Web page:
Now Available On Demand

On Demand Videocast:

HP's Plans for Global Supply Chain Visibility

Explore how the import and export operations enabled the business strategy of Crate and Barrel while focusing on cost savings.

Featuring Virginia Thompson, Senior Director of Import/Export at Crate and Barrel and Stephanie Miles, Senior Vice President of Commercial Services at Amber Road

Now Available On Demand


We received a fee good letters from out First Thoughts piece on Putin, the Supply Chain, and Synchronicity, which pondered whether the global environment our supply chains operate in was likely to become much more risky and challenging.

That includes our Feedback of the Week from Jan De Meulder of Texas Instruments, who says we have reason to take a more optimistic new.

You'll find that good feedback and others below.

Feedback of the Week: On Putin and Supply Chain Synchronicity


It is interesting to note that Fareed Zakaria, whose conference I attended yesterday in Dallas,
seems to have a very different spin on where the world is heading.

There seems to be a great mood of pessimism right now around the world , with Putin, the Arab spring,
China sea disputes, and so on.

But if you go back in history, and pick the "golden" 70s for example, Fareed reminds us the world was much more geopolitically divided (2 opposing blocks), there were 18 civil wars raging, limited free trade , and so on.

Since the fall of the Soviet block, there is much more political stability across the globe, there is strong
economic convergence (many more countries are now participating in the global trade, but they have
to abide by the rules of the game), and the great information technology is opening up numerous

Our new world witnesses the Rise of the "Rest" (not West), with countries growing GDP >3% going from 32 to 100+, a stunning rise.

Many countries now think independently , they do not have to follow one block or the other, and they are looking for opportunities to fully participate in global trade.

Putin is making a huge mistake in Crimea, he  will get to keep Crimea , but lose Ukraine and much of the
influence Russia had in the region.

So Fareed’s conclusion is that the world today, despite all the real time issues we are more aware of, is still a much more robust place, and the opportunities remain immense.

Jan De Meulder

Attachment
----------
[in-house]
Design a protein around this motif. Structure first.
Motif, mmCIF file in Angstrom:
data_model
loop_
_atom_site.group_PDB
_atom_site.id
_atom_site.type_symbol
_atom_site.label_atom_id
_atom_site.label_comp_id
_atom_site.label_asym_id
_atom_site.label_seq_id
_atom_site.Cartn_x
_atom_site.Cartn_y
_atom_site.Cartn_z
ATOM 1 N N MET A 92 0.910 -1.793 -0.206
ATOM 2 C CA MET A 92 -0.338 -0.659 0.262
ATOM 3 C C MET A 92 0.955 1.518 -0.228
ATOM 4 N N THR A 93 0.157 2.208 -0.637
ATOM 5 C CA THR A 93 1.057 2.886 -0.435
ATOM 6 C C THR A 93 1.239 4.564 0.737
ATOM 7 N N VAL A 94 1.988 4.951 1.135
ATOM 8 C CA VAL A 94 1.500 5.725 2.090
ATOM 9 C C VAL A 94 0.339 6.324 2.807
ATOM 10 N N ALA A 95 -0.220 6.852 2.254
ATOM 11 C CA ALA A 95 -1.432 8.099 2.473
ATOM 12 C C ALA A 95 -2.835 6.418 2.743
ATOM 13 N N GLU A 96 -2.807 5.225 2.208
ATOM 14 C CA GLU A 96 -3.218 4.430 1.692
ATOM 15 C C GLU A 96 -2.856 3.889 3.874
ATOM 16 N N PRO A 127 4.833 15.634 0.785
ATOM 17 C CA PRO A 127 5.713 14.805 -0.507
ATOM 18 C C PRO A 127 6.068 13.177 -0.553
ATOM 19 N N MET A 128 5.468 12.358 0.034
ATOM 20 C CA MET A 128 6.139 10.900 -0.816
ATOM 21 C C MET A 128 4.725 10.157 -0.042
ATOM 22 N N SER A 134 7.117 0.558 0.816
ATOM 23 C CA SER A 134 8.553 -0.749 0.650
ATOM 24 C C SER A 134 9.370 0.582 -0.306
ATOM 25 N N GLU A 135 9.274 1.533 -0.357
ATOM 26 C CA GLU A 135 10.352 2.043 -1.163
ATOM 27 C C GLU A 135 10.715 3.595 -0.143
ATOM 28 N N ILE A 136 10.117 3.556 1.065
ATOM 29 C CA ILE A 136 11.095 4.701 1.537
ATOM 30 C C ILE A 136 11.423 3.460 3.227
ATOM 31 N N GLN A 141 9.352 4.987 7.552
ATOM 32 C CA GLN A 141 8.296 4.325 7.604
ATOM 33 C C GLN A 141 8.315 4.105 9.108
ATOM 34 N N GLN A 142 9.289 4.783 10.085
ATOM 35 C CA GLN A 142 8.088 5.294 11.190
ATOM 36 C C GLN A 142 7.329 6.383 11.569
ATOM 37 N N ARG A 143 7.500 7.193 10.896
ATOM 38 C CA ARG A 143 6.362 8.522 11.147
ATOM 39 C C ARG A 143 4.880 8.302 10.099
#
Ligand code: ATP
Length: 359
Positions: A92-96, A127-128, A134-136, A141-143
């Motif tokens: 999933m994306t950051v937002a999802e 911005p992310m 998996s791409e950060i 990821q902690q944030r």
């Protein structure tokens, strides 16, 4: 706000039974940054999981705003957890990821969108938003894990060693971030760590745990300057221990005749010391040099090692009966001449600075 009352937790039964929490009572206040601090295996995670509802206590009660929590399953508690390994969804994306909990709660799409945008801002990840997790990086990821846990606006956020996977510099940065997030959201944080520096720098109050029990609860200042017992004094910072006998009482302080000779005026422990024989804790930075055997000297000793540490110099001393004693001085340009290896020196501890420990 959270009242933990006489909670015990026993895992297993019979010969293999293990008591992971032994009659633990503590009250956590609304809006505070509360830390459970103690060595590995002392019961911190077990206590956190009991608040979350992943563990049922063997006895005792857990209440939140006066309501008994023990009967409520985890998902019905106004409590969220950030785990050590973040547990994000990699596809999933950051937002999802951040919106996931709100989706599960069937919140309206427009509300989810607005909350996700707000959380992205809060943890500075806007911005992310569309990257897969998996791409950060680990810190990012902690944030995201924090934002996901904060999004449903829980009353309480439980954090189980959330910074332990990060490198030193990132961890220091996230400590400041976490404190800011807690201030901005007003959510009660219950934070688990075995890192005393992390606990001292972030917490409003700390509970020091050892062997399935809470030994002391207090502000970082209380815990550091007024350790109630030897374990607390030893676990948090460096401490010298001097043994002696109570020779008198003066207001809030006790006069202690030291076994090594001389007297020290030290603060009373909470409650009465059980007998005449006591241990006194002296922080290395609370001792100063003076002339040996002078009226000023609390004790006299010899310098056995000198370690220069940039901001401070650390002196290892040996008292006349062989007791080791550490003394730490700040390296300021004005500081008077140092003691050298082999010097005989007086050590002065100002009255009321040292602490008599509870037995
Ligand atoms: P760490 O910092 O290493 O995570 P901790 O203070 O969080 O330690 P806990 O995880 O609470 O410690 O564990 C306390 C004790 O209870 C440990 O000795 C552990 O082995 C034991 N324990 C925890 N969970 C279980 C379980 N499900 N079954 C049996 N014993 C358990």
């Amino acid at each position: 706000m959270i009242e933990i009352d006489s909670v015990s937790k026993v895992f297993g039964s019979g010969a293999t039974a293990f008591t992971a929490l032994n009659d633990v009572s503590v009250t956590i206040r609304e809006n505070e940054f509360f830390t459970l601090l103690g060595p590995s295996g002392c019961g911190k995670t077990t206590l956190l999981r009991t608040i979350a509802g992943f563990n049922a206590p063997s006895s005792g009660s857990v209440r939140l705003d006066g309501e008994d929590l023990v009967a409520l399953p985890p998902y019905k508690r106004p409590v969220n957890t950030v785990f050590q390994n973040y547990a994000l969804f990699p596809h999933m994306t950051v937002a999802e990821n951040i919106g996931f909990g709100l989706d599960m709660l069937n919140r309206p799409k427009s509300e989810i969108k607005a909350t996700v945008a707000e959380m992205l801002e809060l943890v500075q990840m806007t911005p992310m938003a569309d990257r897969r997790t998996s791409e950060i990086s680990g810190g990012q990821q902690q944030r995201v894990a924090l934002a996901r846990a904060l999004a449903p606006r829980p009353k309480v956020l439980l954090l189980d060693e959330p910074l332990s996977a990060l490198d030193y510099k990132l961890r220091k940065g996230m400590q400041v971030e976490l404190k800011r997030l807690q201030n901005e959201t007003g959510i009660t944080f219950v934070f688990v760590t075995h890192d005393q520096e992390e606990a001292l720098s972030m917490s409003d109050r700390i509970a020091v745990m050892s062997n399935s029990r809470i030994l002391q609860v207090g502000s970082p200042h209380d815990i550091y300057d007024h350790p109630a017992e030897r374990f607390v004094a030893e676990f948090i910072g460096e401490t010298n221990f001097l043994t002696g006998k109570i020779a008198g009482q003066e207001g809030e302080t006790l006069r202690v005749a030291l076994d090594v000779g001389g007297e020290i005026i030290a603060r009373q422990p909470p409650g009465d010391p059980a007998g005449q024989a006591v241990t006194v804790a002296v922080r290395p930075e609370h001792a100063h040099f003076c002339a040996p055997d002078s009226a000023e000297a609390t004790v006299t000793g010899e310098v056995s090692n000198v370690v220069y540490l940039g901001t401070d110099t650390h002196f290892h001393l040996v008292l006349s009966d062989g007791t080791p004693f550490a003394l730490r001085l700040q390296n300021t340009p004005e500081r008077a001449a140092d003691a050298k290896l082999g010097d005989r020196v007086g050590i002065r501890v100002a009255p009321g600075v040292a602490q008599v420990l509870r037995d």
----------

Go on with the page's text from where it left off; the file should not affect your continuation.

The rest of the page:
Texas Instruments

  More on Putin and Synchronicity  

Thank you for the provocative article on world events and their impact on supply chain. It is always welcomed to lift ones head up from the daily grind to explore the environment in which supply chain professionals must navigate. It is too easy to devote lots of our time analyzing the data rather than just looking out the window when we need to know the weather .

A couple of embellishments to you article

The last 17 years may have been an anomaly. Should we assume the following 'givens' will continue? the explosive growth of the internet, the restructuring of East west relations , the emergence of China's superpower economy, the ever widening income gap and the fundamental change to the worlds financial system ( before and after the collapse). should we expect supply chain synchronization to shift?

The headline that East West relations could change is only a small part of the likely synchronization shift. Supply chain folks like to look at data intensive algorithms and trends. None of the five 'givens' over the last 17 years lend themselves easily to this mathematical approach.

So barring any catastrophic issues, (e.g., outbreak of multi-country war) the models built over the last 17 years are at best questionable. Perhaps the models of mid 20th century ( pre-globalization) make more sense with the caveat that there is a smaller, less upwardly mobile middle class and a much higher concentration of wealth. Let's reset the models to see what the next 17 years could look like.

Jerry Saltzman


Once again, an excellent column that only Supply Chain Digest could deliver.

I agree that not enough companies really connect supply chain strategies and decisions to assumptions about where the global environment is headed. And that the trend overall relative to that environment is not good.

A "steady state" is usually what is assumed.

There is no question that was are at a crucial point right now, and it could go either way. That means companies and their supply chains need to hedge their bets. I think globalization is going to slow dramatically for awhile before ultimately rebounding - but perhaps years down the road.

Irv Chambers

St. Paul, MN



Q: In honor of the NASSTRAC shipper conference next week, just what is NASSTRAC an acronym for?

A: National Shippers Strategic Transportation Council.

© SupplyChainDigest™ 2003-2013. All Rights Reserved.
PO Box 714
Springboro, Ohio 45066